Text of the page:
One of my favorite quotes, attributed to Bill Gates, is that people overestimate what will happen in a year and underestimate what will happen in a decade.

This is an important decade for mankind. It is a decade in which we will need to find answers to questions that hang over us like last night’s celebrations.

I am an optimist and believe in society’s ability to find the will to face our challenges and the intelligence to find solutions to them.

So, I am starting out 2020 in an optimistic mood and here are some predictions for the decade that we are now in.

1/ The looming climate crisis will be to this century what the two world wars were to the previous one. It will require countries and institutions to re-allocate capital from other endeavors to fight against a warming planet. This is the decade we will begin to see this re-allocation of capital. We will see carbon taxed like the vice that it is in most countries around the world this decade, including in the US. We will see real estate values collapse in some of the most affected regions and we will see real estate values increase in regions that benefit from the warming climate. We will see massive capital investments made in protecting critical regions and infrastructure. We will see nuclear power make a resurgence around the world, particularly smaller reactors that are easier to build and safer to operate. We will see installed solar power worldwide go from ~650GW currently to over 20,000GW by the end of this decade. All of these things and many more will cause the capital markets to focus on and fund the climate issue to the detriment of many other sectors.

2/ Automation will continue to take costs out of operating many of the services and systems that we rely on to live and be productive. The fight for who should have access to this massive consumer surplus will define the politics of the 2020s. We will see capitalism come under increasing scrutiny and experiments to reallocate wealth and income more equitably will produce a new generation of world leaders who ride this wave to popularity.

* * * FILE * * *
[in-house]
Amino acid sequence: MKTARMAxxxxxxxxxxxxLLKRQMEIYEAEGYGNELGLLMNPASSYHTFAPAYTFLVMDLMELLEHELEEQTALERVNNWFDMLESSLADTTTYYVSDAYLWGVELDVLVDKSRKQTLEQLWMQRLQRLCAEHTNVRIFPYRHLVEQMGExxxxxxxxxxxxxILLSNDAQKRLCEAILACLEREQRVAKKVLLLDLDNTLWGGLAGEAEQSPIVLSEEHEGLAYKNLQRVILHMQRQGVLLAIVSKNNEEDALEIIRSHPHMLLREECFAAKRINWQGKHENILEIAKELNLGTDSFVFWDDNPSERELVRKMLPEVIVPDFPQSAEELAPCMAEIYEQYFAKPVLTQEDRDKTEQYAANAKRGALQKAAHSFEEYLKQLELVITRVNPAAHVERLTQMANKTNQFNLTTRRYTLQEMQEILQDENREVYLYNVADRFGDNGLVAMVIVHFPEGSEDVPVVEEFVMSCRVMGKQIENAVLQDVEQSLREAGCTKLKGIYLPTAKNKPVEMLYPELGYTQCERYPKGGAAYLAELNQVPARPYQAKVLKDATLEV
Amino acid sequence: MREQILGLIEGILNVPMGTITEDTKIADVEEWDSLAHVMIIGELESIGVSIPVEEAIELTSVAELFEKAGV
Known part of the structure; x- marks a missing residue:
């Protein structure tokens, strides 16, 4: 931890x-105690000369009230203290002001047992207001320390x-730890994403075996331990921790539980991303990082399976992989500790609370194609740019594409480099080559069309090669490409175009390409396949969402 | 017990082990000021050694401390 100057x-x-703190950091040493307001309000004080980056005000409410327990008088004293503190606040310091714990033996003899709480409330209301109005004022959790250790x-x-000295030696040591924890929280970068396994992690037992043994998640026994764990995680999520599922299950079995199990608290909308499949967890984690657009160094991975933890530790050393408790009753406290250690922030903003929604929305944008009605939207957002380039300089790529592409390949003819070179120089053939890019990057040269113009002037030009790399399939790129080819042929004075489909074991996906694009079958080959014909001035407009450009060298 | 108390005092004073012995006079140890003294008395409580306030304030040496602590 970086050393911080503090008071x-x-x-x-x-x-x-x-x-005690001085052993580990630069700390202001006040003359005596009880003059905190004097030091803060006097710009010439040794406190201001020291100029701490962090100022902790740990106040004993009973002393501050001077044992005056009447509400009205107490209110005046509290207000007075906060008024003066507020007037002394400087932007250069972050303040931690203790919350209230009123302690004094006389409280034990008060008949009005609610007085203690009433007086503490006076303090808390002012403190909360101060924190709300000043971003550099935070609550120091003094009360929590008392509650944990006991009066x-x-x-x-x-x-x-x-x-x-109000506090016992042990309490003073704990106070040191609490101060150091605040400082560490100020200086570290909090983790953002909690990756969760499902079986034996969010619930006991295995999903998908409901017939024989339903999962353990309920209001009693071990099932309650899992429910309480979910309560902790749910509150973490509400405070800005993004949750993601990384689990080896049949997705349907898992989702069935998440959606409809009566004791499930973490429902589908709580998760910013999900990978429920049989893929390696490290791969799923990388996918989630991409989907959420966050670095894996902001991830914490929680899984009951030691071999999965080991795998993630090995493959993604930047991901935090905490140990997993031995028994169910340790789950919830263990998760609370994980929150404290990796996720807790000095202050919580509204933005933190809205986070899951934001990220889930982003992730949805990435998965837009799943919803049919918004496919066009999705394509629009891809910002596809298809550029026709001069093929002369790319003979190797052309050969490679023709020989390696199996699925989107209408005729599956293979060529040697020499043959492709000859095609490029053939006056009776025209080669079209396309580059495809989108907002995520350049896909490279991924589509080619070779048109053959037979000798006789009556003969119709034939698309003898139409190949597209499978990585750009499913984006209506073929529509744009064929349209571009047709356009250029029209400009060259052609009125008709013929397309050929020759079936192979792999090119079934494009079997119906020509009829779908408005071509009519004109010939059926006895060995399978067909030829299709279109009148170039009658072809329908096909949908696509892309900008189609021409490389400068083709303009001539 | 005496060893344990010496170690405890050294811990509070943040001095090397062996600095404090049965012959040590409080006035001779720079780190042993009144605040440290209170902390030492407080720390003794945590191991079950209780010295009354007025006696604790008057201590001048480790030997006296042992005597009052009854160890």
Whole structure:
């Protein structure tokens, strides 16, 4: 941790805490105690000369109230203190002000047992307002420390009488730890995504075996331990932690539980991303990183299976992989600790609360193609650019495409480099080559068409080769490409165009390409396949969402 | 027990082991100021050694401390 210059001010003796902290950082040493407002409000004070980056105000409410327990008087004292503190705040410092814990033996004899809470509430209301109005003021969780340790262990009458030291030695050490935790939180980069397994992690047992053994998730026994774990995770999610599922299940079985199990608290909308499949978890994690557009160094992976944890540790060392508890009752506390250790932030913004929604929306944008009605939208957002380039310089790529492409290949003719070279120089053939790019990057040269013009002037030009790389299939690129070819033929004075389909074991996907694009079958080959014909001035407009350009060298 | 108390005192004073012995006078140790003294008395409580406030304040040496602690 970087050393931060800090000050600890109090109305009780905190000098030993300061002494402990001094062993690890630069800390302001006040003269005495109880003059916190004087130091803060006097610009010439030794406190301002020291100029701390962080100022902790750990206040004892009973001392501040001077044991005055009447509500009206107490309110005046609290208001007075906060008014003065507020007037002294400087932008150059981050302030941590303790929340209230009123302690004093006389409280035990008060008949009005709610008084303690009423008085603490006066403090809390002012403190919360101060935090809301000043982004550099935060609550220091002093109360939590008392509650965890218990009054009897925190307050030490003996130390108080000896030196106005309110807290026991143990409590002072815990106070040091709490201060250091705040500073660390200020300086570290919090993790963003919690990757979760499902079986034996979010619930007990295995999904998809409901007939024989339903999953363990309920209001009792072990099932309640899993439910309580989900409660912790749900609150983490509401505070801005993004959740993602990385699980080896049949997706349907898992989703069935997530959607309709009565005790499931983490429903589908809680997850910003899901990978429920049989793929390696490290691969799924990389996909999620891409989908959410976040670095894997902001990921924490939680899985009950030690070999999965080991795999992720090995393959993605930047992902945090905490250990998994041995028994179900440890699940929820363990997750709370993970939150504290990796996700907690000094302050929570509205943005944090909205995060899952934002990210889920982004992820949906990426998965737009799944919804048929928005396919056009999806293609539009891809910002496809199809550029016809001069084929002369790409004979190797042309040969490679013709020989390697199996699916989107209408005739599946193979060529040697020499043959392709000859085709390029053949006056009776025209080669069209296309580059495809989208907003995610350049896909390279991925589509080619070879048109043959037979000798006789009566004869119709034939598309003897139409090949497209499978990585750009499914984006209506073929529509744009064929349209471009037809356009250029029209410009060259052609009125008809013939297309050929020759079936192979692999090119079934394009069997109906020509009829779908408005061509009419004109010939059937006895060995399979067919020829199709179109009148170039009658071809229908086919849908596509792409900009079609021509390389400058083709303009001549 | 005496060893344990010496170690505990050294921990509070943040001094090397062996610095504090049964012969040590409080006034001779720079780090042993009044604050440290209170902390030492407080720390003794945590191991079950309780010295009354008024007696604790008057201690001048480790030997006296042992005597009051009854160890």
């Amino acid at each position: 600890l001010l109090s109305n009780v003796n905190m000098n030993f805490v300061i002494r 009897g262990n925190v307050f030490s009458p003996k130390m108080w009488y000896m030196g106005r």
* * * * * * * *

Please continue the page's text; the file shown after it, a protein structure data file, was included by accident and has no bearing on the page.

3/ China will emerge as the world’s dominant global superpower leveraging its technical prowess and ability to adapt quickly to changing priorities (see #1). Conversely the US becomes increasingly internally focused and isolationist in its world view.

4/ Countries will create and promote digital/crypto versions of their fiat currencies, led by China who moves first and benefits the most from this move. The US will be hamstrung by regulatory restraints and will be slow to move, allowing other countries and regions to lead the crypto sector. Asian crypto exchanges, unchecked by cumbersome regulatory restraints in Europe and the US and leveraging decentralized finance technologies, will become the dominant capital markets for all types of financial instruments.

5/ A decentralized internet will emerge, led initially by decentralized infrastructure services like storage, bandwidth, compute, etc. The emergence of decentralized consumer applications will be slow to take hold and a killer decentralized consumer app will not emerge until the latter part of the decade.

6/ Plant based diets will dominate the world by the end of the decade. Eating meat will become a delicacy, much like eating caviar is today. Much of the world’s food production will move from farms to laboratories.